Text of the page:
Best time to visit
Antarctica & Falklands

Brace (and dress) yourself for edge-of-your-seat weather changes in Antarctica. The Falklands are a little more reliable, with cool to mild temperatures and even a glimmer of sunshine.
The best time to visit Antarctica and the Falklands is November to March. This is the Antarctic summer, and the only time expedition cruises depart. Wild weather, short daylight hours and ice rule out travelling outside this window. Fortunately, this is also when you’ll see the greatest wildlife spectacles. October to November is peak time for elephant seals in the Falklands, while young penguins peek from between their parents’ feet from December. Got your heart set on seeing rare wandering albatrosses? Remember that South Georgia’s Prion Island is closed between late November and early January to let neighbouring seals breed in peace.

Stanley (Falklands) Weather Chart

 
MIN °C
MAX °C
RAIN (mm)
JAN
7
14
65
FEB
7
14
45
MAR
6
12
50
APR
3
8
50
MAY
2
6
50
JUN
0
3
45
JUL
1
4
40
AUG
1
5
40
SEP
1
6
35
OCT
2
9
35
NOV
4
11
40
DEC
6
13
50

Things to do in
Antarctica & Falklands

Things to do in Antarctica & Falklands...

Meet some of the biggest penguin colonies on the planet. Over a million penguins call the Falkland Islands home. You’ll find kings in Whalebone Cove, gentoos and rockhoppers on Bleaker Island, and Magellanic penguins on Saunders Island. Yorke Bay hosts another colony – although you won’t be venturing near that one. Penguins moved back after the Falklands War in 1982, too light to trigger the mines left under the sands. Balancing minefield clearance with wildlife conservation is one of the big debates in the Falklands. All that time at sea is the ideal opportunity to watch out for whales. Blue whales, sei whales and orcas mooch around the outer Falkland Islands. Southern right whales are recovering from 300 years’ worth of whaling in South Georgia. And you might spy the fin whale in the Drake Passage. Humpback and minke whales stick close to the Antarctic Peninsula. Be prepared for the Drake Passage. Its reputation precedes it: even Charles Darwin was seasick while exploring this 600-mile-wide shipping channel between Chile’s Cape Horn and the Antarctic Peninsula. Don’t worry, though: your sturdy ship and crew are well equipped for the gale-force winds that often churn these waters. The Antarctic isn’t exactly known for its shopping scene, so pick up souvenirs in the Falklands. Postcards, badges, tablecloths, stamps, travel mugs – you name it, and it’s got a penguin on it. To shop like a local, go for a cable knit jumper and bottle of the local brew (the Iron Lady’s not to our taste, but perhaps a Rock Hopper ale?).

Things not  to do in Antarctica & Falklands...

Forget the sun cream. The ozone layer is paper-thin above Antarctica, while the snow and ice act as mirrors. It’s worth investing in sun cream and lip balm with a high SPF, plus good quality sunglasses. Rely on the weather forecast. Every Antarctica and Falklands holiday is hugely dependant on a combination of weather, sea and ice conditions. Everything from sudden fogs to unbroken ice floes could change your holiday itinerary. But don’t worry: should plan A have to be scrapped, on-board guides and ship captains are experts at having plans B-Z on hand (and they’re all excellent). Ignore the guides. They’re stewards – not only for your safety, but for the safety of the delicate environment you’re stepping into. You’ll often be told to stay on footpaths to preserve precious endemic lichens and ground-nesting birds. As tempting as it is, taking souvenirs – even tiny pebbles or flowers – is a no-no. The same goes for interacting with animals. While a curious penguin might shuffle up to inspect your shoelaces, it’s important that you don’t initiate contact. Try to travel on a small budget. Antarctica and Falklands cruises are specialist expeditions, with a rotating series of expert lecturers, highly trained guides and pioneering ships with kitted-out cabins and glass-wrapped observatories designed for choppy days. Some ships even operate an open bridge policy, so you can see the voyage from the captain’s perspective. This is a once in a lifetime trip – with a price to match.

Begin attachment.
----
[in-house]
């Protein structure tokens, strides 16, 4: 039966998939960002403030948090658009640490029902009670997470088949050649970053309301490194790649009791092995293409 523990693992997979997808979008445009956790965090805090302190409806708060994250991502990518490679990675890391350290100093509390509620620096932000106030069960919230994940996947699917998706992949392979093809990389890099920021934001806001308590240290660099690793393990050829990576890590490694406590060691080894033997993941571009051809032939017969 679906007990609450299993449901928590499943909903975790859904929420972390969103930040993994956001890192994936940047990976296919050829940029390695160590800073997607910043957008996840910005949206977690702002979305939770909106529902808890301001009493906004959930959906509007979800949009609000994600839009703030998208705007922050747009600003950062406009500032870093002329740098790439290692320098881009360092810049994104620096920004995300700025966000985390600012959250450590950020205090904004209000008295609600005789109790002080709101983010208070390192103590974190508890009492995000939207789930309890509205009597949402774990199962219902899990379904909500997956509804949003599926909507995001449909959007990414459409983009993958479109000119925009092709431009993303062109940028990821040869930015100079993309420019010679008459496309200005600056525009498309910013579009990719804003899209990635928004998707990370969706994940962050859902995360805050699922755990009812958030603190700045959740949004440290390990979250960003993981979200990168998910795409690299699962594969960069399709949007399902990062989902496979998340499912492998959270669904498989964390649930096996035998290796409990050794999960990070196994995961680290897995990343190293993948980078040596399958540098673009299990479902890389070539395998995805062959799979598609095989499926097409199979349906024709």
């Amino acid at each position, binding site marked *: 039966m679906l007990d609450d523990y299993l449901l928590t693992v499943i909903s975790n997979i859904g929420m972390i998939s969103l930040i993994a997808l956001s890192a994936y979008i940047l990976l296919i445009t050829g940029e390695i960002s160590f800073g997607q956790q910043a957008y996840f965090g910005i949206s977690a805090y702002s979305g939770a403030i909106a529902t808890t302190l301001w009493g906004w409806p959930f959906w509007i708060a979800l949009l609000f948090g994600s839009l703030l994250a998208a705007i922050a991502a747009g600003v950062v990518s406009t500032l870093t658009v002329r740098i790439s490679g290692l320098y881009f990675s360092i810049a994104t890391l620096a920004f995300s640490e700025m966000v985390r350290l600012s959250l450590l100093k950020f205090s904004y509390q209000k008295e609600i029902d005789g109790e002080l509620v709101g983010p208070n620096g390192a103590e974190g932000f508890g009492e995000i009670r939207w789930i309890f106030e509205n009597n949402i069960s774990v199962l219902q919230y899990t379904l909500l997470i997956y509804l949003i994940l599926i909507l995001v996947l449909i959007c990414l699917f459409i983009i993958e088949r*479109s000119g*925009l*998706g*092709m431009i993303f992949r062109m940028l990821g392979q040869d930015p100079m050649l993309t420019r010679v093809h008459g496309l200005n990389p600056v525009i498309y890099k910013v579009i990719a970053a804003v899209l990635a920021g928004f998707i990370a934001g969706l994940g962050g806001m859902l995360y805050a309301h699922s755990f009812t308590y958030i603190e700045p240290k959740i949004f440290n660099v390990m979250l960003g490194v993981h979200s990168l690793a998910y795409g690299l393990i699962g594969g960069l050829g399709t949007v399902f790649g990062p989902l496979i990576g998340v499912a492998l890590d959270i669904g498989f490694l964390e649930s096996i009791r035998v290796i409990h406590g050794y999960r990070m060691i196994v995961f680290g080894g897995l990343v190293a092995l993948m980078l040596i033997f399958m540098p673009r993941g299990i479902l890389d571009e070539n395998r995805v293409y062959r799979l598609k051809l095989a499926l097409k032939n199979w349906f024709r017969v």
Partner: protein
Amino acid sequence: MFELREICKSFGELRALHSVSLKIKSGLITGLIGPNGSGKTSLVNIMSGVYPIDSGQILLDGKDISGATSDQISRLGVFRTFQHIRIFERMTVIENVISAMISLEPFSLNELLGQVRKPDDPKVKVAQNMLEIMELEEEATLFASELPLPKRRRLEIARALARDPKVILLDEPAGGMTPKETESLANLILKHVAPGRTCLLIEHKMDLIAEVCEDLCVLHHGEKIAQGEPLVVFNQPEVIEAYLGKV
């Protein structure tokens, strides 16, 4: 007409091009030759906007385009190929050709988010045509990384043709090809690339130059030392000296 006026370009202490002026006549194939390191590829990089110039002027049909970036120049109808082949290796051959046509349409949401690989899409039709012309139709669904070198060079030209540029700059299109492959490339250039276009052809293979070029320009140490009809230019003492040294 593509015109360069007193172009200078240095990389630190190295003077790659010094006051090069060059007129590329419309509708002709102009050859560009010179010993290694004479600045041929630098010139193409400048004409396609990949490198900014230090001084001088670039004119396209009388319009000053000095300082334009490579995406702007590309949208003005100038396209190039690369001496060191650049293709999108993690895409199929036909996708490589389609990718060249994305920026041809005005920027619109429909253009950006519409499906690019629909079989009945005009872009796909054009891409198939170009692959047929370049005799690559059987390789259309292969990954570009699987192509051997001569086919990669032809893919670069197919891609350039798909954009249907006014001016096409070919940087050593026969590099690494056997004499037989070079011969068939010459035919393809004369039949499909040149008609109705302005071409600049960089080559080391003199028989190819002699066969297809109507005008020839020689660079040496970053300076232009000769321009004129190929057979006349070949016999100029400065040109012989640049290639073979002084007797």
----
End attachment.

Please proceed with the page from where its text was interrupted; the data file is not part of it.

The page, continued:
Our top Antarctica & Falklands Holiday

Antarctica, Falklands & South Georgia small ship cruises

Antarctica, Falklands & South Georgia small ship cruises

Water, wilderness & wildlife in breath-taking perfection

From £7070 to £17450 22 days ex flights
Small group travel:
2019: 20 Oct, 22 Oct, 2 Nov, 3 Nov, 14 Nov, 16 Nov, 17 Nov, 29 Nov, 30 Nov, 8 Dec, 16 Dec, 18 Dec, 20 Dec, 29 Dec
2020: 7 Jan, 9 Jan, 11 Jan, 19 Jan, 23 Jan, 9 Feb, 11 Feb, 14 Feb, 15 Feb, 23 Feb, 24 Feb, 25 Feb, 1 Mar, 19 Oct, 21 Oct, 1 Nov, 9 Nov, 10 Nov, 16 Nov, 2 Dec, 8 Dec, 18 Dec, 20 Dec, 27 Dec
2021: 3 Jan, 6 Jan, 10 Jan, 17 Jan, 19 Jan, 20 Jan, 22 Jan, 10 Feb, 16 Feb, 23 Feb, 24 Feb, 27 Feb, 10 Mar ...
Travel Team
If you'd like to chat about Antarctica & Falklands or need help finding a holiday to suit you we're very happy to help.
Photo credits: [Page banner: Ondrej Prosicky] [Intro: William Bossen] [Things to do : Torsten Dederichs]
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